SOMERSET -- State officials and Rep. Hal Rogers marked the fifth anniversary of the Sept. 11, 2001 attacks on Monday by rolling out a new statewide wireless network that would allow first responders to communicate from every corner of Kentucky in the event of a disaster.
Rogers, who heads a House committee that oversees spending for the Department of Homeland Security, said the $26 million system will help first responders, such as local police and firefighters, keep safe while working emergencies efficiently.
He said first responders dispatched to the sites of the Sept. 11 attacks were equipped with radios and other devices, but couldn't adequately communicate with each other or their supervisors. He said first responders assisting the victims of Hurricane Katrina also had major communication problems.
"We saw that a breakdown in communication was disastrous," Rogers said during a ceremony at the Center for Rural Development in Somerset that also was attended by Gov. Ernie Fletcher and officials from the Justice and Public Safety Cabinet.
The new first responder system, dubbed "KYWINS Messenger," relies on a state-run wireless network that allows officers to communicate via radio and instant messages from even the most remote areas in rural Kentucky using lap top computers installed in vehicles. The computer program includes a database that can retrieve background information on people and buildings.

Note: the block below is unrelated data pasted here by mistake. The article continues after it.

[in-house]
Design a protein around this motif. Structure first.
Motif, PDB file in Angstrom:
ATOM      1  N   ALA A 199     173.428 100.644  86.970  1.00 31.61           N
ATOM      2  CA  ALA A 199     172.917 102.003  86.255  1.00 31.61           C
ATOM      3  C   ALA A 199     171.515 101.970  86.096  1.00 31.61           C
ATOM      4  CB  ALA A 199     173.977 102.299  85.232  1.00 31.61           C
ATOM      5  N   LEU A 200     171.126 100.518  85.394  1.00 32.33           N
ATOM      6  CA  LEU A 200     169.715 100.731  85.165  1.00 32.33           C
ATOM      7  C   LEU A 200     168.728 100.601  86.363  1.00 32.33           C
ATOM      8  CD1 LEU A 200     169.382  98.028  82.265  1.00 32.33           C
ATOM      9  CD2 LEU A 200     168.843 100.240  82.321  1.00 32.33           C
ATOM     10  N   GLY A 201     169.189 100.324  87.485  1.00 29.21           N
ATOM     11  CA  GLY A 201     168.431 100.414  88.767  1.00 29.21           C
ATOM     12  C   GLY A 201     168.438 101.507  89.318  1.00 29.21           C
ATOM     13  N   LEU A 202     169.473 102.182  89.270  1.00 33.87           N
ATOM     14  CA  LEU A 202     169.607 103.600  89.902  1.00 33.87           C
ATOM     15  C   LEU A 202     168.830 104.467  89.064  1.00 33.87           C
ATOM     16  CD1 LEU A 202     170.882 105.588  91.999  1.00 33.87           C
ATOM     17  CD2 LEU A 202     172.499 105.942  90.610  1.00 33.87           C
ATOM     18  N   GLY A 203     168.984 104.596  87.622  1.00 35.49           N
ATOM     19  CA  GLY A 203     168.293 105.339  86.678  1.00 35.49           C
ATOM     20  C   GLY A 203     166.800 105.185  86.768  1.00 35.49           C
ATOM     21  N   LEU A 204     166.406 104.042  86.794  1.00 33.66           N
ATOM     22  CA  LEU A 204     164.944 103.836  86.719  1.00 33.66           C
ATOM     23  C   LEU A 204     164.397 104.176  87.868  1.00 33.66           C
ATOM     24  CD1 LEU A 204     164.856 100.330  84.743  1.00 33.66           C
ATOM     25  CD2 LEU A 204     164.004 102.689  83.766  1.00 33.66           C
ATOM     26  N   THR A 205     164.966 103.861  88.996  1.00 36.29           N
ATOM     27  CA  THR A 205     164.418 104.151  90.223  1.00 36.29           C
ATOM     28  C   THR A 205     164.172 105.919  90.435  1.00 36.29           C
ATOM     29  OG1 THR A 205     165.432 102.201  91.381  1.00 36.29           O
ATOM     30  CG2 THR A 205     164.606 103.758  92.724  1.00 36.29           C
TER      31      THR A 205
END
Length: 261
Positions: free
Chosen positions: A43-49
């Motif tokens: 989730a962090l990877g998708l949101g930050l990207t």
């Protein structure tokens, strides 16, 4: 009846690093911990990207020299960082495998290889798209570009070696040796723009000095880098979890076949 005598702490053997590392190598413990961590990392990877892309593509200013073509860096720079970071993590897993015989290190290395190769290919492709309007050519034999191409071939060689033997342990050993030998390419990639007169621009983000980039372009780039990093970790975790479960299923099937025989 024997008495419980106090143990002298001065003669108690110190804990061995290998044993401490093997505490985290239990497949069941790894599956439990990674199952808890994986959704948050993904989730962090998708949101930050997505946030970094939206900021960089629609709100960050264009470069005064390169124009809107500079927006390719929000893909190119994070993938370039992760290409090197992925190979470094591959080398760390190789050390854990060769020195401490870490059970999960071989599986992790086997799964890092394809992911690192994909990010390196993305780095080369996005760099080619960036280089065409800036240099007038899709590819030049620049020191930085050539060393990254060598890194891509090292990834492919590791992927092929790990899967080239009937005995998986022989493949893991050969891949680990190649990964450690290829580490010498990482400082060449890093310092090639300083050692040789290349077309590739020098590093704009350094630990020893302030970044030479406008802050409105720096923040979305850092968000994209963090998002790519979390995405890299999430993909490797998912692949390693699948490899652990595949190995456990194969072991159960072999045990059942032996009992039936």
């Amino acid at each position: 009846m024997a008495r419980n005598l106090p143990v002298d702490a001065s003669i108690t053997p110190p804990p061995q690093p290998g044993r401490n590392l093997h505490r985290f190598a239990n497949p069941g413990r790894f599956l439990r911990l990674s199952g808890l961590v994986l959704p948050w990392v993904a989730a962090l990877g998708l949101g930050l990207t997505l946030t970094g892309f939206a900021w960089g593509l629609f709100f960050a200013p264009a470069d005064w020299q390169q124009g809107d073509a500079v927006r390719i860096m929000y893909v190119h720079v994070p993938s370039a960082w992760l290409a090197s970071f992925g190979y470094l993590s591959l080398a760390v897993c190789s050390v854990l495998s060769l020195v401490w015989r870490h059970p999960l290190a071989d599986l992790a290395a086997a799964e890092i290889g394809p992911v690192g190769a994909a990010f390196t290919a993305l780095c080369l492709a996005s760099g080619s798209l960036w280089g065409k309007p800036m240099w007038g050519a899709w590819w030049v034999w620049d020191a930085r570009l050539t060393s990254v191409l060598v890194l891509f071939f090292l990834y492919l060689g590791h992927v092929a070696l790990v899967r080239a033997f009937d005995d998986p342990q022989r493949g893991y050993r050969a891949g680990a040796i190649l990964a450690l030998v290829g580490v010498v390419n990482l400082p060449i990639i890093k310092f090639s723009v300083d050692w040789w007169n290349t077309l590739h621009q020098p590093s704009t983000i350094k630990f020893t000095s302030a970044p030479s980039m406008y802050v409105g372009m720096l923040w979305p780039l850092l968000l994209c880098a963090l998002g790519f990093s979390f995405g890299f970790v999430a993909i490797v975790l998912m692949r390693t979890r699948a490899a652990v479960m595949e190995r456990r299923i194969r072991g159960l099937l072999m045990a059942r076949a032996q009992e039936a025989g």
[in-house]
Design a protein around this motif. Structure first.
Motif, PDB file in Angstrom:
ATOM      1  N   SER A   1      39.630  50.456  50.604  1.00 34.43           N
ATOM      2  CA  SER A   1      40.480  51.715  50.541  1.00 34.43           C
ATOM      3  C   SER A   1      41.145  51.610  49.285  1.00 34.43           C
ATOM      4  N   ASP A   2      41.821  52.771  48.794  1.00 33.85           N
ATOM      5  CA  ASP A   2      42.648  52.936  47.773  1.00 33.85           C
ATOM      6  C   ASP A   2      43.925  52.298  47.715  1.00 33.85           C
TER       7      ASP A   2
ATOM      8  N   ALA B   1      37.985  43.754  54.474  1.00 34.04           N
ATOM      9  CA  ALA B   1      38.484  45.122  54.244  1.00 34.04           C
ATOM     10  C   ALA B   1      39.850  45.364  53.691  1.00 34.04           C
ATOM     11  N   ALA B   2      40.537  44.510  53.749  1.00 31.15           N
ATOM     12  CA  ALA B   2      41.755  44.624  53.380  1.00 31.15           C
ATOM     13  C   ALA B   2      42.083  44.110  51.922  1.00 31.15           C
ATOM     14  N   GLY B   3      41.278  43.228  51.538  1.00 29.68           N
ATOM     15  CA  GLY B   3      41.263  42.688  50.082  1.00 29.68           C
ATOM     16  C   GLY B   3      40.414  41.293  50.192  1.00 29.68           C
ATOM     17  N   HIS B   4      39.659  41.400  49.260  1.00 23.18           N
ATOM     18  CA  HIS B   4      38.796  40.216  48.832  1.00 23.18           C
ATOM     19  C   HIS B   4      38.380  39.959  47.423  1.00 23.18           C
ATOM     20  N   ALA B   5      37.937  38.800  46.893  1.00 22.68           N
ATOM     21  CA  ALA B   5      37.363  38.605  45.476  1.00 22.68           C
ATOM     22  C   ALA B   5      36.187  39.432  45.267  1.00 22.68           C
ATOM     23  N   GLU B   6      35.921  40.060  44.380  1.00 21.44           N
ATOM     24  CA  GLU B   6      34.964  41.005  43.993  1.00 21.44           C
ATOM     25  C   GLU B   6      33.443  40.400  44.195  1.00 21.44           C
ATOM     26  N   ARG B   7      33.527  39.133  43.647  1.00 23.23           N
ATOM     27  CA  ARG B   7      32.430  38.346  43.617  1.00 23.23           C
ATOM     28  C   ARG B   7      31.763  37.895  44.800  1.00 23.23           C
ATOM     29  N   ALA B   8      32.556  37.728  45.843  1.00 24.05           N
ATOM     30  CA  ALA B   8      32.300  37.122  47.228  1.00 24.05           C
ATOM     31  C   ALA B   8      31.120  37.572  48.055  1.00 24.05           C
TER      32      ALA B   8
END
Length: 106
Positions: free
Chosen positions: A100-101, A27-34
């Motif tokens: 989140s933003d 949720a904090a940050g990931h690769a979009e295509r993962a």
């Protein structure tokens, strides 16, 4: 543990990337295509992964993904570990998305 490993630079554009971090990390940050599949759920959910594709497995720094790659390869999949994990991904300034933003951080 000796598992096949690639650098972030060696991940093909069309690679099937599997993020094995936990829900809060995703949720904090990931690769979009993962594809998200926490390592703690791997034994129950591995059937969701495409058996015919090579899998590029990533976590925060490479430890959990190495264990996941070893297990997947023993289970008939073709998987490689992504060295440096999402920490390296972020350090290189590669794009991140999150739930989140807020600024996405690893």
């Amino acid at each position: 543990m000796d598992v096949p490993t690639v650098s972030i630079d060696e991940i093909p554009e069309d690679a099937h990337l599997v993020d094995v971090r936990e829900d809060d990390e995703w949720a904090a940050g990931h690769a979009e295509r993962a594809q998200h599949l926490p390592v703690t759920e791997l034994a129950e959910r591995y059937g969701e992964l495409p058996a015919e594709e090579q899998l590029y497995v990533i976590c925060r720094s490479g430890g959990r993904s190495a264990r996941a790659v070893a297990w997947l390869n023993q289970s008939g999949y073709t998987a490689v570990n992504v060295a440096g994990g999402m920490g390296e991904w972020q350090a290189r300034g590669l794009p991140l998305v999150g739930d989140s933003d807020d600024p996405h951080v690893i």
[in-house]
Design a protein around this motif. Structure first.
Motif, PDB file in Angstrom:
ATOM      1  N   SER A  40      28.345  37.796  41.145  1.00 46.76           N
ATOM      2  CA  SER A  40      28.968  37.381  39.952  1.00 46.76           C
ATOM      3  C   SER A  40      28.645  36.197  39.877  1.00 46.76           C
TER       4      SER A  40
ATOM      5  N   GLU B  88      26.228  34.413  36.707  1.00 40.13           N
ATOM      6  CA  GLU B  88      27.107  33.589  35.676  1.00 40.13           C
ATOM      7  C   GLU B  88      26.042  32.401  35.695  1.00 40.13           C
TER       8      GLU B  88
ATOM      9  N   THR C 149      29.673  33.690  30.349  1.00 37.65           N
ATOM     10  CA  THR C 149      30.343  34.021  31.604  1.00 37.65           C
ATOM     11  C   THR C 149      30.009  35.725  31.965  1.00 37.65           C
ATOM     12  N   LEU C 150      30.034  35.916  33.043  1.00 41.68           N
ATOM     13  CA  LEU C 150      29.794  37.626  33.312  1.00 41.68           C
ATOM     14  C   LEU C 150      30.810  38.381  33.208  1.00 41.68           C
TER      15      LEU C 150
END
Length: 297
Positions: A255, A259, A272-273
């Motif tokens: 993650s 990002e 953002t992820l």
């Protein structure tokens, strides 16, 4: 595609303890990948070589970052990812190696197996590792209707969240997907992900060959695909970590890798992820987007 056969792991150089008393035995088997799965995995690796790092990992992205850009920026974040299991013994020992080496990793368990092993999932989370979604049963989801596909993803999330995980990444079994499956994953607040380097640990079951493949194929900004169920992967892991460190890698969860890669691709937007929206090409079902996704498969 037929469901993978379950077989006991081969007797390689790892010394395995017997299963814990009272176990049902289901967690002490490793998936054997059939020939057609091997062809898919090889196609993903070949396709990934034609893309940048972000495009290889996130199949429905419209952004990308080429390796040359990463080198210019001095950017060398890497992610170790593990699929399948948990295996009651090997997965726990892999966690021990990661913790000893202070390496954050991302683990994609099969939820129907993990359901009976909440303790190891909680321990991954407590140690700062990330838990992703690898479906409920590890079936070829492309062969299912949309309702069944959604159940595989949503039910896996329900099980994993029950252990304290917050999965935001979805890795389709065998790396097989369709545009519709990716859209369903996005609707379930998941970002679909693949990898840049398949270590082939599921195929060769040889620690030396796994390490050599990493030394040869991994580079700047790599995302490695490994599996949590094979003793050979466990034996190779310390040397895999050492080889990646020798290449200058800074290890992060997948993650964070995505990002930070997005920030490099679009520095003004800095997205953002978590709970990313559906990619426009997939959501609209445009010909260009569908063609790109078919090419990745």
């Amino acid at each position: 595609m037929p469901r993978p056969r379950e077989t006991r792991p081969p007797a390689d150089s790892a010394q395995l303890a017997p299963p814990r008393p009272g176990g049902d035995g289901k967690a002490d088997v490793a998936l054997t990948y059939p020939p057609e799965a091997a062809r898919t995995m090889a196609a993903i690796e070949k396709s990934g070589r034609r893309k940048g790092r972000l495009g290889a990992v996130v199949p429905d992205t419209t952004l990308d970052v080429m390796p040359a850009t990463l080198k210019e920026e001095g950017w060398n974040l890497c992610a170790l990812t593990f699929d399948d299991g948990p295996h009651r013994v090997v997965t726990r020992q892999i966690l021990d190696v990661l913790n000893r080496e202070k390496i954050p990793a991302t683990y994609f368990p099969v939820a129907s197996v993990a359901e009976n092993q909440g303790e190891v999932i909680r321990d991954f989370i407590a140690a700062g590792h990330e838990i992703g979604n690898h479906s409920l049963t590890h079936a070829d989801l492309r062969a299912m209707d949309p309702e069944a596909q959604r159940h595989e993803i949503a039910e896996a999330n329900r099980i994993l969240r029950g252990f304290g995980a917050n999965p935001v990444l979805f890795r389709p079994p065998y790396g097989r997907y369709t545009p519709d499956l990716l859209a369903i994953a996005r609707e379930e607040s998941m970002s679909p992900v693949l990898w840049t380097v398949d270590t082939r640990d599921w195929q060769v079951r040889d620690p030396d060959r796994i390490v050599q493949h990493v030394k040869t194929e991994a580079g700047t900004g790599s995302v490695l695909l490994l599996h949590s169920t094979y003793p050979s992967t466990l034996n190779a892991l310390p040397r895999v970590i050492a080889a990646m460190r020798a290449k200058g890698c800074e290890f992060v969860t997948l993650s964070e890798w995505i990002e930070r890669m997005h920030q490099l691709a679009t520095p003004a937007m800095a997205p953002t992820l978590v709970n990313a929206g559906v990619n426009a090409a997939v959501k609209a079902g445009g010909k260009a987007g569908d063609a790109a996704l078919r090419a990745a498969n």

A three-month pilot has started in Pulaski and Laurel counties in south-central Kentucky, with the rest of the state expected to be logged on by the end of the year.
Fletcher said the program would help with any type of disaster, ranging from bird flu to tornadoes.
"The anniversary of 9/11 ... reminds us of the heroic efforts of our nation's first responders who worked together in the aftermath of the attacks to help save lives and serve their communities," said Fletcher. "This new project will ensure our first responders have the tools and resources they need to communicate effectively while they protect Kentucky citizens."
Adequately equipping local responders is crucial in the fight against terrorism and shouldn't be limited to big cities, such as New York or Washington, D.C., Rogers said.
"We are at war and it's a world war," said Rogers. "It's low-grade with hot spots -- but it's a world war."
He added that major highways, railroads and other "critical infrastructure" exist in Kentucky, making it equally vulnerable to attack: "Every part of the country has vulnerabilities."
Soon after the Sept. 11 attacks, Rogers was appointed as the first chairman of the new appropriations subcommittee on homeland security. Since then, the subcommittee has issued $217.5 billion in homeland security spending, including $117 billion to the U.S. Department of Homeland Security budget.